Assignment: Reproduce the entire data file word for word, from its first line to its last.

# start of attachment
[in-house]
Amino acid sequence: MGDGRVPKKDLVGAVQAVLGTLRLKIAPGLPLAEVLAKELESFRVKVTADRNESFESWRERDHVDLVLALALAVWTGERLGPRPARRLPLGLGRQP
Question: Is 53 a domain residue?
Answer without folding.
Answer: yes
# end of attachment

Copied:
[in-house]
Amino acid sequence: MGDGRVPKKDLVGAVQAVLGTLRLKIAPGLPLAEVLAKELESFRVKVTADRNESFESWRERDHVDLVLALALAVWTGERLGPRPARRLPLGLGRQP
Question: Is 53 a domain residue?
Answer without folding.
Answer: yes